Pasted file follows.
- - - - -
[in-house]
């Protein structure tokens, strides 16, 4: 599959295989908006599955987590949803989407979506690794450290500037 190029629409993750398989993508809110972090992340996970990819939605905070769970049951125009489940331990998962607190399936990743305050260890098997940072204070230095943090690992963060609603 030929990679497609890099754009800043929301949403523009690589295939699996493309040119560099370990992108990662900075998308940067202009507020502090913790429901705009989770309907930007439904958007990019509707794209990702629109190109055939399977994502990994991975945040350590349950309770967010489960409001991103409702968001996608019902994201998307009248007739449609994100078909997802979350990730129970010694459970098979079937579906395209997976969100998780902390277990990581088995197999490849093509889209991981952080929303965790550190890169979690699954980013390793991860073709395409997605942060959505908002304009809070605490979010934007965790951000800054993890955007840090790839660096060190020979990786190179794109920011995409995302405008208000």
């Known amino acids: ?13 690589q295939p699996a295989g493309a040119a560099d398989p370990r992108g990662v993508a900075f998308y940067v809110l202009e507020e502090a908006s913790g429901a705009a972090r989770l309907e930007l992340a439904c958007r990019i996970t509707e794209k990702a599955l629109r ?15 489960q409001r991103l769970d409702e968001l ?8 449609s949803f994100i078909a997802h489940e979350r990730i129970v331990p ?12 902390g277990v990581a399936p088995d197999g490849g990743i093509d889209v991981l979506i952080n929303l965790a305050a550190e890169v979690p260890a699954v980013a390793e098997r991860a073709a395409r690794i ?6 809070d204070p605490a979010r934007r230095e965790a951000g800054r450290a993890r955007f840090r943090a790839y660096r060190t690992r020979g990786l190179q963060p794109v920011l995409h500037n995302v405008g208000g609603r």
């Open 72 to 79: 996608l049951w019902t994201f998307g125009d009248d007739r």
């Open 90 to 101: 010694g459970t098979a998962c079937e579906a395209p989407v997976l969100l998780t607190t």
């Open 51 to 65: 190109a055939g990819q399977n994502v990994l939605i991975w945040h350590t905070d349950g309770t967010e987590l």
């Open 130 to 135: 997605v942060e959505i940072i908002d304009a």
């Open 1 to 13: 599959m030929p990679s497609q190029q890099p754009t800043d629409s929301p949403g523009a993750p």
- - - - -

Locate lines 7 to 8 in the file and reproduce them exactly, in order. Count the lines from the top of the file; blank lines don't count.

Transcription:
């Open 130 to 135: 997605v942060e959505i940072i908002d304009a």
């Open 1 to 13: 599959m030929p990679s497609q190029q890099p754009t800043d629409s929301p949403g523009a993750p």